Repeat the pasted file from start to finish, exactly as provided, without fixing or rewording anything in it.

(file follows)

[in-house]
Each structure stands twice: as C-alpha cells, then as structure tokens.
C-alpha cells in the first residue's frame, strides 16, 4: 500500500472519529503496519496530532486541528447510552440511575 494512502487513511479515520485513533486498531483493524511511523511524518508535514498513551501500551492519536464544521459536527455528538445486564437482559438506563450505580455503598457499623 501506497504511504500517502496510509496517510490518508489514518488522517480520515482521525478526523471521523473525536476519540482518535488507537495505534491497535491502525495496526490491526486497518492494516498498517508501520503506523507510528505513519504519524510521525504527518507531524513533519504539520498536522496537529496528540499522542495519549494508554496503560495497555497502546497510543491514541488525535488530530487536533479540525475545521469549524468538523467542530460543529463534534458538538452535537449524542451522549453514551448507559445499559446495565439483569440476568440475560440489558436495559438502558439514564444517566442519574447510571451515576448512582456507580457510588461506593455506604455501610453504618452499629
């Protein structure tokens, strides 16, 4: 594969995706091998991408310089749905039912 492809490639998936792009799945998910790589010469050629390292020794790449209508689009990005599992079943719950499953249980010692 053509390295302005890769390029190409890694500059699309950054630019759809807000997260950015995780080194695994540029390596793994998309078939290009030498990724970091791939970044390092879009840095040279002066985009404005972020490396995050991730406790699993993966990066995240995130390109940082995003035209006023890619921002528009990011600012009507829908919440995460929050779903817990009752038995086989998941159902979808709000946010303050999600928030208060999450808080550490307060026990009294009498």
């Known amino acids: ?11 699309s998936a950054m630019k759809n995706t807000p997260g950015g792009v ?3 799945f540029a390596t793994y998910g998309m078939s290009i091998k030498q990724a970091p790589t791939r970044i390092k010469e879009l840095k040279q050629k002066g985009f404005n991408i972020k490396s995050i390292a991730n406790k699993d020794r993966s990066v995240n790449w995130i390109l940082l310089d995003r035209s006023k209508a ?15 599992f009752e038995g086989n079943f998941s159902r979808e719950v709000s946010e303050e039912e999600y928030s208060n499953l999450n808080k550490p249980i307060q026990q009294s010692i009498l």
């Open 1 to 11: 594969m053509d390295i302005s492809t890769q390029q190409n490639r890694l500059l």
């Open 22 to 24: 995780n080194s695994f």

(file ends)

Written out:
[in-house]
Each structure stands twice: as C-alpha cells, then as structure tokens.
C-alpha cells in the first residue's frame, strides 16, 4: 500500500472519529503496519496530532486541528447510552440511575 494512502487513511479515520485513533486498531483493524511511523511524518508535514498513551501500551492519536464544521459536527455528538445486564437482559438506563450505580455503598457499623 501506497504511504500517502496510509496517510490518508489514518488522517480520515482521525478526523471521523473525536476519540482518535488507537495505534491497535491502525495496526490491526486497518492494516498498517508501520503506523507510528505513519504519524510521525504527518507531524513533519504539520498536522496537529496528540499522542495519549494508554496503560495497555497502546497510543491514541488525535488530530487536533479540525475545521469549524468538523467542530460543529463534534458538538452535537449524542451522549453514551448507559445499559446495565439483569440476568440475560440489558436495559438502558439514564444517566442519574447510571451515576448512582456507580457510588461506593455506604455501610453504618452499629
């Protein structure tokens, strides 16, 4: 594969995706091998991408310089749905039912 492809490639998936792009799945998910790589010469050629390292020794790449209508689009990005599992079943719950499953249980010692 053509390295302005890769390029190409890694500059699309950054630019759809807000997260950015995780080194695994540029390596793994998309078939290009030498990724970091791939970044390092879009840095040279002066985009404005972020490396995050991730406790699993993966990066995240995130390109940082995003035209006023890619921002528009990011600012009507829908919440995460929050779903817990009752038995086989998941159902979808709000946010303050999600928030208060999450808080550490307060026990009294009498």
């Known amino acids: ?11 699309s998936a950054m630019k759809n995706t807000p997260g950015g792009v ?3 799945f540029a390596t793994y998910g998309m078939s290009i091998k030498q990724a970091p790589t791939r970044i390092k010469e879009l840095k040279q050629k002066g985009f404005n991408i972020k490396s995050i390292a991730n406790k699993d020794r993966s990066v995240n790449w995130i390109l940082l310089d995003r035209s006023k209508a ?15 599992f009752e038995g086989n079943f998941s159902r979808e719950v709000s946010e303050e039912e999600y928030s208060n499953l999450n808080k550490p249980i307060q026990q009294s010692i009498l």
């Open 1 to 11: 594969m053509d390295i302005s492809t890769q390029q190409n490639r890694l500059l």
């Open 22 to 24: 995780n080194s695994f």